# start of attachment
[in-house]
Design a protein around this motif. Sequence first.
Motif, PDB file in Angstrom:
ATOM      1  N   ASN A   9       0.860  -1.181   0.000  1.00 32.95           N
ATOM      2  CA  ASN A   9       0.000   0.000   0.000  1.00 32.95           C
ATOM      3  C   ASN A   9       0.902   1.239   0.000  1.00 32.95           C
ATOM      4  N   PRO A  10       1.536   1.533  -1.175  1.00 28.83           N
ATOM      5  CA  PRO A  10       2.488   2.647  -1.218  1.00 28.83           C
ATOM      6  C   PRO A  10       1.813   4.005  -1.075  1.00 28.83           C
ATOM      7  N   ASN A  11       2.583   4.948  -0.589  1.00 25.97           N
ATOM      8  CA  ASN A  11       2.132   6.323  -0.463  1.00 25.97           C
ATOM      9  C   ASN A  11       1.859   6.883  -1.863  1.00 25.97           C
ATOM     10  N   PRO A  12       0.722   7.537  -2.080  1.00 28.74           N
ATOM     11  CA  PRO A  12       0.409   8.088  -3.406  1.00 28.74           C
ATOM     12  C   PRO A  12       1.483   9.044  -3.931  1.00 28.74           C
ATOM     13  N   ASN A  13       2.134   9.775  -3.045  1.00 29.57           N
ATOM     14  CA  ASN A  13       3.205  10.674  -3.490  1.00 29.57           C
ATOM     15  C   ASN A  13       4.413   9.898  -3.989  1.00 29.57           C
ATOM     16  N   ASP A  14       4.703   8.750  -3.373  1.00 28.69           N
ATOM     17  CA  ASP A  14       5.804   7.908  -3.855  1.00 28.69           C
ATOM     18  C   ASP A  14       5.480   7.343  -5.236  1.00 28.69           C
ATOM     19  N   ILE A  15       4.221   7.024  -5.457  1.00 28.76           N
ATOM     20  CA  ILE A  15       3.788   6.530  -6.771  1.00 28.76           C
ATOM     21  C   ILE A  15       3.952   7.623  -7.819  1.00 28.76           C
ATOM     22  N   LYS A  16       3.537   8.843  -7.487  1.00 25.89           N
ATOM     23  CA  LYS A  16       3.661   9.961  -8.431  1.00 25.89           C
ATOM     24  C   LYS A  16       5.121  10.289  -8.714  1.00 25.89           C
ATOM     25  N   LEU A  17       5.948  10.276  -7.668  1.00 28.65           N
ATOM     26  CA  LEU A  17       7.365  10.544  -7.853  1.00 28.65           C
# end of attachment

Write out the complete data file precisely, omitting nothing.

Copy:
[in-house]
Design a protein around this motif. Sequence first.
Motif, PDB file in Angstrom:
ATOM      1  N   ASN A   9       0.860  -1.181   0.000  1.00 32.95           N
ATOM      2  CA  ASN A   9       0.000   0.000   0.000  1.00 32.95           C
ATOM      3  C   ASN A   9       0.902   1.239   0.000  1.00 32.95           C
ATOM      4  N   PRO A  10       1.536   1.533  -1.175  1.00 28.83           N
ATOM      5  CA  PRO A  10       2.488   2.647  -1.218  1.00 28.83           C
ATOM      6  C   PRO A  10       1.813   4.005  -1.075  1.00 28.83           C
ATOM      7  N   ASN A  11       2.583   4.948  -0.589  1.00 25.97           N
ATOM      8  CA  ASN A  11       2.132   6.323  -0.463  1.00 25.97           C
ATOM      9  C   ASN A  11       1.859   6.883  -1.863  1.00 25.97           C
ATOM     10  N   PRO A  12       0.722   7.537  -2.080  1.00 28.74           N
ATOM     11  CA  PRO A  12       0.409   8.088  -3.406  1.00 28.74           C
ATOM     12  C   PRO A  12       1.483   9.044  -3.931  1.00 28.74           C
ATOM     13  N   ASN A  13       2.134   9.775  -3.045  1.00 29.57           N
ATOM     14  CA  ASN A  13       3.205  10.674  -3.490  1.00 29.57           C
ATOM     15  C   ASN A  13       4.413   9.898  -3.989  1.00 29.57           C
ATOM     16  N   ASP A  14       4.703   8.750  -3.373  1.00 28.69           N
ATOM     17  CA  ASP A  14       5.804   7.908  -3.855  1.00 28.69           C
ATOM     18  C   ASP A  14       5.480   7.343  -5.236  1.00 28.69           C
ATOM     19  N   ILE A  15       4.221   7.024  -5.457  1.00 28.76           N
ATOM     20  CA  ILE A  15       3.788   6.530  -6.771  1.00 28.76           C
ATOM     21  C   ILE A  15       3.952   7.623  -7.819  1.00 28.76           C
ATOM     22  N   LYS A  16       3.537   8.843  -7.487  1.00 25.89           N
ATOM     23  CA  LYS A  16       3.661   9.961  -8.431  1.00 25.89           C
ATOM     24  C   LYS A  16       5.121  10.289  -8.714  1.00 25.89           C
ATOM     25  N   LEU A  17       5.948  10.276  -7.668  1.00 28.65           N
ATOM     26  CA  LEU A  17       7.365  10.544  -7.853  1.00 28.65           C